Often on the show I play tunes that have appeared on my iPod during the week and to which I give particular notice. This week it was another group discovered through Steve’s Jazz Sounds – the Audio Feeling Trio led by pianist Pawel Kaczmarczk. They have been described as like EST with Polish melancholy. Certainly on the tune Along the Milky Way you can hear the EST influences, but I’m not sure about that melancholy.

My favourite contemporary album of the moment comes from UK alto & soprano sax/flute player Sean Khan. Palmares Fantasy is released on the wonderful UK label Far Out and was recorded in Rio de Janeiro with additions in London. The album includes Brazilian royalty, featuring Hermeto Pascoal playing a variety of instruments – for example, Fender Rhodes and vocals on the title tune and melodica on Said, the two tunes played this week. There is also Azymuth drummer Ivan ‘Mamao’ Conti, described by Far Out publicity as Brazil’s answer to Tony Allen, plays on several tunes and Sabrina Malheiros is on vocals for a magnificent version of a classic Brazilian tune. There are also appearances from a doyen of the UK jazz scene, Glasgow-born guitarist Jim Mullen and former Cinematic Orchestra vocalist Heidi Vogel. It is essentially a jazz album but the sounds and feelings of Brazil are definitely in there.

It was after Sean Khan that the reggae  began to appear. Anyone who knows me can vouch for my long-held love of reggae and any dub approaches in jazz-related music gets my attention. So it was great news to hear that Sons of Kemet – the band led by saxophonist Shabaka Hutchings – have been nominated for the prestigious Mercury Music Prize this year. Sadly they will probably end up as the token jazz-related group. [Neil notes] Hmm – I’m not so sure! With a relatively weak line up of competitors and the phenomenal popular interest in new British jazz, I think this could be the year when jazz breaks through. If so, then the will be the first ever jazz winner since the competition began in 1992. Whatever the outcome, it’s good news for sales of all the nominated albums. Watch this space…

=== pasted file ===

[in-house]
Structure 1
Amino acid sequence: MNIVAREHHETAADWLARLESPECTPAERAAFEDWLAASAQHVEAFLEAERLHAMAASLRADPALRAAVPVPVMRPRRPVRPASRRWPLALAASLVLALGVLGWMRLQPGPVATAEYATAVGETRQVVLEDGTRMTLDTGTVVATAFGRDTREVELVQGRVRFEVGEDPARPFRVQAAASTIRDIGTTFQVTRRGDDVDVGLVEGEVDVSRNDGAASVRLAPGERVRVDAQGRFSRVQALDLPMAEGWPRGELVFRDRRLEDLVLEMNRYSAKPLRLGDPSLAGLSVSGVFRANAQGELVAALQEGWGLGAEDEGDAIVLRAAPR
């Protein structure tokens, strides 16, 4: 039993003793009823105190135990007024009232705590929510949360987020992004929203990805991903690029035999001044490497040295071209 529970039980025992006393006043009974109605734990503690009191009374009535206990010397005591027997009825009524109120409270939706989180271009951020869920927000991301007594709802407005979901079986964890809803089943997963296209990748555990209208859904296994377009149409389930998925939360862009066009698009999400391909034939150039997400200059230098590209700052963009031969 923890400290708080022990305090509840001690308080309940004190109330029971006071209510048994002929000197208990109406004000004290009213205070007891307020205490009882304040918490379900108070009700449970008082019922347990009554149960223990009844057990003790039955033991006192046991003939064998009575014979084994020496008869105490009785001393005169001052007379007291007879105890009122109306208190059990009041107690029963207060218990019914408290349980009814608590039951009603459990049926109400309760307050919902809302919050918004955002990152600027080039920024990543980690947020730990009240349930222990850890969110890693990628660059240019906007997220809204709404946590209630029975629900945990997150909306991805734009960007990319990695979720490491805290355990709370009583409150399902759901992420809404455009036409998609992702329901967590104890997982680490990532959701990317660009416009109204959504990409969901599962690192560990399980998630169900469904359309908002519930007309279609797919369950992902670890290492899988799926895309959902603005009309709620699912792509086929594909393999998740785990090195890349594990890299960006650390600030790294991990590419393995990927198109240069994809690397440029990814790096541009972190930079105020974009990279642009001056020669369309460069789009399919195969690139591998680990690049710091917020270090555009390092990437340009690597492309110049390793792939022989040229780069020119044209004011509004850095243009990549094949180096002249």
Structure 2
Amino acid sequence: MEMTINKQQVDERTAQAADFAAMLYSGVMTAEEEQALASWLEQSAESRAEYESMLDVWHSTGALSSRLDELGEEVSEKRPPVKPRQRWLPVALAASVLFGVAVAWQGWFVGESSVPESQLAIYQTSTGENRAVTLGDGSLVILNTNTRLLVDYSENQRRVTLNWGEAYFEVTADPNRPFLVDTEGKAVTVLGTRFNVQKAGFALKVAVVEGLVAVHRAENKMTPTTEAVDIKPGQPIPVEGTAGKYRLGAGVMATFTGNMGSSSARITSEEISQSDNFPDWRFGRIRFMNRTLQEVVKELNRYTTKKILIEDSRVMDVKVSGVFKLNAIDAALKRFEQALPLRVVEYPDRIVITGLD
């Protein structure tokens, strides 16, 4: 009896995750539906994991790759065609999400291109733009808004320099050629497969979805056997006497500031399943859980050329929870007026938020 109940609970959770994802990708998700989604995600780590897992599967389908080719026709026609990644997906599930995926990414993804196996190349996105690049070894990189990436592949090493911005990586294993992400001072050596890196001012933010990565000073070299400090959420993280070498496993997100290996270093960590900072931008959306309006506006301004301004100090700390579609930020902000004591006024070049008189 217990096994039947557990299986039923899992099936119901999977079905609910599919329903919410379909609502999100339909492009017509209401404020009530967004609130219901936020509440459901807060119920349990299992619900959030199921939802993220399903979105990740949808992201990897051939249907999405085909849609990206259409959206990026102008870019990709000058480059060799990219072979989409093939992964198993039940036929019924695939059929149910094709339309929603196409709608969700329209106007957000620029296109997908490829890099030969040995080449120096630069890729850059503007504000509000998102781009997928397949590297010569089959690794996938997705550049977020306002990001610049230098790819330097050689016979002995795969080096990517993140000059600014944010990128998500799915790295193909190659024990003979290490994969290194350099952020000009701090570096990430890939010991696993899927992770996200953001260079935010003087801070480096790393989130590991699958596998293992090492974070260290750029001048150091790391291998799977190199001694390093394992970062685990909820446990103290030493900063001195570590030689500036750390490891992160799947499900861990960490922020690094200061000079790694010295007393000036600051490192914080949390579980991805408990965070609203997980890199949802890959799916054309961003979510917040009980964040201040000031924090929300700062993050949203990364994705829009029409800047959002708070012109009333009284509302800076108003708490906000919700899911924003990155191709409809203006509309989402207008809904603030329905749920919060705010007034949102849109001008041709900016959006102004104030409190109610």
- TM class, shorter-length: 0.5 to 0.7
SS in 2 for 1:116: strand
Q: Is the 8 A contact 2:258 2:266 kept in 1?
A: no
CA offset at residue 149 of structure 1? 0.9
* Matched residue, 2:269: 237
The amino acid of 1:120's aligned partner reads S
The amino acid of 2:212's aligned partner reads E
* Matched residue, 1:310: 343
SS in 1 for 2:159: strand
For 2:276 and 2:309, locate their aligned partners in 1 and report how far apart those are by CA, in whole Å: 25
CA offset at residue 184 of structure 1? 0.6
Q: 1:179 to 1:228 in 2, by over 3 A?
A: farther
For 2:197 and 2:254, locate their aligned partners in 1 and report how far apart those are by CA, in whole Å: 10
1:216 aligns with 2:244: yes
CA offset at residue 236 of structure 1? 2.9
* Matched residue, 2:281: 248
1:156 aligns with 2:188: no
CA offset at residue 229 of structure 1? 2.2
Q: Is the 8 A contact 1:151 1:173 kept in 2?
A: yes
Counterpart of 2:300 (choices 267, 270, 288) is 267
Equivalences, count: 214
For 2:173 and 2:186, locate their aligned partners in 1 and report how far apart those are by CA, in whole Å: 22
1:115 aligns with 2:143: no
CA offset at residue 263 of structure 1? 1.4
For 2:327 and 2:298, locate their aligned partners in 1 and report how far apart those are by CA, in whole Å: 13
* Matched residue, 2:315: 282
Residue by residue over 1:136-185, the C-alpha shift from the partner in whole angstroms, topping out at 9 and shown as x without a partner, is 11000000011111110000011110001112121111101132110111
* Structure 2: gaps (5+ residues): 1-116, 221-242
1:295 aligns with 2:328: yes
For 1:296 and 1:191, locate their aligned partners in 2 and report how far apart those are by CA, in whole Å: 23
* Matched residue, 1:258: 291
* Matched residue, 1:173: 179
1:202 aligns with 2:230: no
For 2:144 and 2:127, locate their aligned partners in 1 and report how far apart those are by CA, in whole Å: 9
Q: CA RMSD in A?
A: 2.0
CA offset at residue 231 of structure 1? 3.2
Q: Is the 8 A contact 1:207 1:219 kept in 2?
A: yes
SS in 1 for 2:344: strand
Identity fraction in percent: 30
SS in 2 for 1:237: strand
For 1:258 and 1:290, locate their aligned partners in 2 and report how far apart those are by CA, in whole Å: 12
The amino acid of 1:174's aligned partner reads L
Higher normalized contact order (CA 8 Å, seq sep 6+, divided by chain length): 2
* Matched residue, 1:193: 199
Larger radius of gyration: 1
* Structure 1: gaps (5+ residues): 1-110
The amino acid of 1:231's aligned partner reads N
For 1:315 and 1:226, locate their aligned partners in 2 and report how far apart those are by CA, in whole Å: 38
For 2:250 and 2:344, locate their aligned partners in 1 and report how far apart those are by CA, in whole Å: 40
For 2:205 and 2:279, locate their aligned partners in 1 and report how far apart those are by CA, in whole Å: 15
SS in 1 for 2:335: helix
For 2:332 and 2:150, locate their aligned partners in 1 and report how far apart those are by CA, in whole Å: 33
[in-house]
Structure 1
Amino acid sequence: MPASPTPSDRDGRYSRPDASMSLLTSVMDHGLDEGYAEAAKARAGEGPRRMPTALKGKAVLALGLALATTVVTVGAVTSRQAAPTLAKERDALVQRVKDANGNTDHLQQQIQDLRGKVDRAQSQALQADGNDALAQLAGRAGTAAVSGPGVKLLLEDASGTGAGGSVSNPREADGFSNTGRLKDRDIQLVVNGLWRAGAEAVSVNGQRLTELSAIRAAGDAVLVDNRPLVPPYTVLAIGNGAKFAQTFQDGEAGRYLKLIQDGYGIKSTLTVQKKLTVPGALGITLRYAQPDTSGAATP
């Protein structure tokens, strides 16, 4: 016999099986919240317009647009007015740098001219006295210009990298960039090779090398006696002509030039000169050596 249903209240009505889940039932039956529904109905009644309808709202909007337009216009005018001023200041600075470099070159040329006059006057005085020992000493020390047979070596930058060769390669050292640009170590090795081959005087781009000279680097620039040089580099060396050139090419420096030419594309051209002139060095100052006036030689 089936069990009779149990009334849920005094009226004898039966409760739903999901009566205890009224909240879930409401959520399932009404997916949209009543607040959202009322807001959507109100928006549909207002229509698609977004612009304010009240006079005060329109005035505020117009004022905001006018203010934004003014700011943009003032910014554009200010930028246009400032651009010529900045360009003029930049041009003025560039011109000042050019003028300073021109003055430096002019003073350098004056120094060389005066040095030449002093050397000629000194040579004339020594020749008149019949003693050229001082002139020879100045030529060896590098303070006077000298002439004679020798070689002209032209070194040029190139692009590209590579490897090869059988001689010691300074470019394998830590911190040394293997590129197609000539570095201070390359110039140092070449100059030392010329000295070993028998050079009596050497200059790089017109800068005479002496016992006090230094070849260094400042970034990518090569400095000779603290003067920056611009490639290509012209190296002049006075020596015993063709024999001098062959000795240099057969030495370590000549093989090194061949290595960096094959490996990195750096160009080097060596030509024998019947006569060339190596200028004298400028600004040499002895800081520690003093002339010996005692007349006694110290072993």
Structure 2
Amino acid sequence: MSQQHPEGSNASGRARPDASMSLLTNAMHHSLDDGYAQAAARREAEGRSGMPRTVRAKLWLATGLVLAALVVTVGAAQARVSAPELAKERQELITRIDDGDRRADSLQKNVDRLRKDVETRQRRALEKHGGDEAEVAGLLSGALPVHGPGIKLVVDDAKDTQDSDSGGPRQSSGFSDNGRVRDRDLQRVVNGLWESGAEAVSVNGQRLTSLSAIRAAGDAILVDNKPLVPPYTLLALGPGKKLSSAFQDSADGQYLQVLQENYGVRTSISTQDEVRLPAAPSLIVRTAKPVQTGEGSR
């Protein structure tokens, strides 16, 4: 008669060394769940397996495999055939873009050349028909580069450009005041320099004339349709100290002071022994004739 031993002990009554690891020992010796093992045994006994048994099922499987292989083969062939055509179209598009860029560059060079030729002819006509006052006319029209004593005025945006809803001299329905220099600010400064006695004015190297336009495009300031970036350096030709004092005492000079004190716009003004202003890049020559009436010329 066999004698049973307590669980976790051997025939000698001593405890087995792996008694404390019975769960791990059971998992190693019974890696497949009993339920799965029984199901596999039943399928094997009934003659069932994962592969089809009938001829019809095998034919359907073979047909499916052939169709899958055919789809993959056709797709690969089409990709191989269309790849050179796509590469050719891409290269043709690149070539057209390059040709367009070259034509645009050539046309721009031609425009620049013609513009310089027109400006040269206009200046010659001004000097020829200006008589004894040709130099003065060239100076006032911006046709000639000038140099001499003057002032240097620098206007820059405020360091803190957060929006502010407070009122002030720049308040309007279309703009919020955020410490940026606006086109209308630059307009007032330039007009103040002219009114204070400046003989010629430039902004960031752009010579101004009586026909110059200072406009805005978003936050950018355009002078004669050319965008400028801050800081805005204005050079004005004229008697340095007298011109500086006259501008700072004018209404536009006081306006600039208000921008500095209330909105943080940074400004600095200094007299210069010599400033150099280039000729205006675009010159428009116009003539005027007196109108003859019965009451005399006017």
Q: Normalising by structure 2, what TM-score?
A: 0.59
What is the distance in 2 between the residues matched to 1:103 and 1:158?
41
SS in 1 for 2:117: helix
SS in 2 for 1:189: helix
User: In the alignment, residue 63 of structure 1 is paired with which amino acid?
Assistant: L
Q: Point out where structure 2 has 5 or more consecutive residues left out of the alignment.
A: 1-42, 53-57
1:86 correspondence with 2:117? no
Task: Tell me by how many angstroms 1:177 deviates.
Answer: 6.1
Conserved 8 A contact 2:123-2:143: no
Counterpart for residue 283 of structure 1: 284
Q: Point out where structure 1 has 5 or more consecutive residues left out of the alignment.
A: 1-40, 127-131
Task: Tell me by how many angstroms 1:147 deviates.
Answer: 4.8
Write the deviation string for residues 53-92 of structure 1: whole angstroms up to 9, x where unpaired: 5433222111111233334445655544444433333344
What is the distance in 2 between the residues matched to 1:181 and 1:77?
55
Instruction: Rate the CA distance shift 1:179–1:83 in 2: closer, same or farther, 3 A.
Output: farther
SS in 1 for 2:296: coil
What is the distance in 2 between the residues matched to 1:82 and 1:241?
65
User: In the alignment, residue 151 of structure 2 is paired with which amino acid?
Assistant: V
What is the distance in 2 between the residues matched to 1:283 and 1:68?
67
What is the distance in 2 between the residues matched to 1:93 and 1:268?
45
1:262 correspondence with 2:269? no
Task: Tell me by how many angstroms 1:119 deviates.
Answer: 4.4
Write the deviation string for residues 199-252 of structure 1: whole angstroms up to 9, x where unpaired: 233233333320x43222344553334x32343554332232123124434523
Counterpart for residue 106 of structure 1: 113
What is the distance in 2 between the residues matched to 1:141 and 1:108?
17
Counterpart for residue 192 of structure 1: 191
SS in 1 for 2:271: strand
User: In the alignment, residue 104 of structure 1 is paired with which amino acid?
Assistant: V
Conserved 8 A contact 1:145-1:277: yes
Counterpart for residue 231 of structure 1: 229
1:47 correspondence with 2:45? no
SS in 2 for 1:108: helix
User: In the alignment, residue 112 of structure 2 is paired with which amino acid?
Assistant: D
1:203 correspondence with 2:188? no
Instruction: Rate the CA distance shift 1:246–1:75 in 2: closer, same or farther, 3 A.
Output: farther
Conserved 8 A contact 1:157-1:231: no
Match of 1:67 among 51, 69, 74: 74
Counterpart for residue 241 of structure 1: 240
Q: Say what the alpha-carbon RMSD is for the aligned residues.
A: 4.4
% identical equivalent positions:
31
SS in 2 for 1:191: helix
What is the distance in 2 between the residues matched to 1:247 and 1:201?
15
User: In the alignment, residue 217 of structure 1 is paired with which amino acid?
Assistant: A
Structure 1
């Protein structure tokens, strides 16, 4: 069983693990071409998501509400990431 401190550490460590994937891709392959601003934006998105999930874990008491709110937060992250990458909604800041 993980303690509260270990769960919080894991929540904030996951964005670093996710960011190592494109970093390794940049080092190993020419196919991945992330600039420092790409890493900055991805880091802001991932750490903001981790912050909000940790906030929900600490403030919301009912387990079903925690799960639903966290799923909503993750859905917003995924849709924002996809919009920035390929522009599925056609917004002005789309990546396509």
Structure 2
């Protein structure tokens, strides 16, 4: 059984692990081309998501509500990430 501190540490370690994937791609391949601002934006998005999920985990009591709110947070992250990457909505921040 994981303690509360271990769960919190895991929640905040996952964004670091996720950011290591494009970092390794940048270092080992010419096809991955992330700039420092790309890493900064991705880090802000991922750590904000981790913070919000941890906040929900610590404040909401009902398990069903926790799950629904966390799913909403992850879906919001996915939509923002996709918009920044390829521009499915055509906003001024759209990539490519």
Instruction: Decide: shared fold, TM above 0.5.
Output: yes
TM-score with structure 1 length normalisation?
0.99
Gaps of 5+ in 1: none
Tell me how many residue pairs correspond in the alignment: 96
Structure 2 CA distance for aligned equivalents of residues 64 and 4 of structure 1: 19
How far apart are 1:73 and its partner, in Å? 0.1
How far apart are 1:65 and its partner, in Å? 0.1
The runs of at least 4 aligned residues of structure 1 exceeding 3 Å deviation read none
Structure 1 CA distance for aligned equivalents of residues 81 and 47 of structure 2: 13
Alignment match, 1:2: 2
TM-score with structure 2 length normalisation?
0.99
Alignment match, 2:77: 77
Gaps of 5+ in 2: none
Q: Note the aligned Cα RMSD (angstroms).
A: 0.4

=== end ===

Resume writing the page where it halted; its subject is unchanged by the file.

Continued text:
Your Queen is a Reptile provides a powerful statement on British colonialism, history and nationality with Shabaka Hutchings creating tune titles which are a list of the ‘queens’ important to him. The queen in this week’s show is Mamie Phipps Clarke, who researched the detrimental effects of segregation on African-American school children. The toasting input came from Congo Natty.

Dub sounds continued with Mollison Dub, a track from young British pianist Joe Armon-Jones and his album Starting Today. The record includes contributions from Moses Boyd and Nubya Garcia, who appear also on Your Queen is a Reptile. Binker Golding and Moses Boyd are no strangers to reggae influences in their music and a track from their 2017 album Journey to the Mountain of Forever was a fitting end to this week’s show.

  1. John Coltrane – Untitled Original 11386 from Both Directions At Once
  2. Pawel Kazmarcz Audio Feeling Trio – Along the Milky Way from Deconstruction (Vars and Kaper).
  3. Sean Khan featuring Hermeto Pascoal – Palmares Fantasy from Palmares Fantasy.
  4. Sean Khan feat Hermeto Pascoal – Moment of Collapse from Palmares Fantasy
  5. Sons of Kemet – My Queen is Mamie Phipps Clarke from Your Queen is a Reptile
  6. Joe Armon-Jones – Mollison Dub from Starting Today
  7. Binker and Moses – Trees On Fire from Journey to the Mountain of Forever

Derek is listening to…

  1. Trio HLK & Evelyn Glennie – Extra Sensory Perception part ii
  2. Etana – Destination (Reggae Forever)
  3. Beres Hammond – I’m Alive
  4. Protoje – Who Knows feat Chronixx
  5. Timo Lassy – Northern Express (live)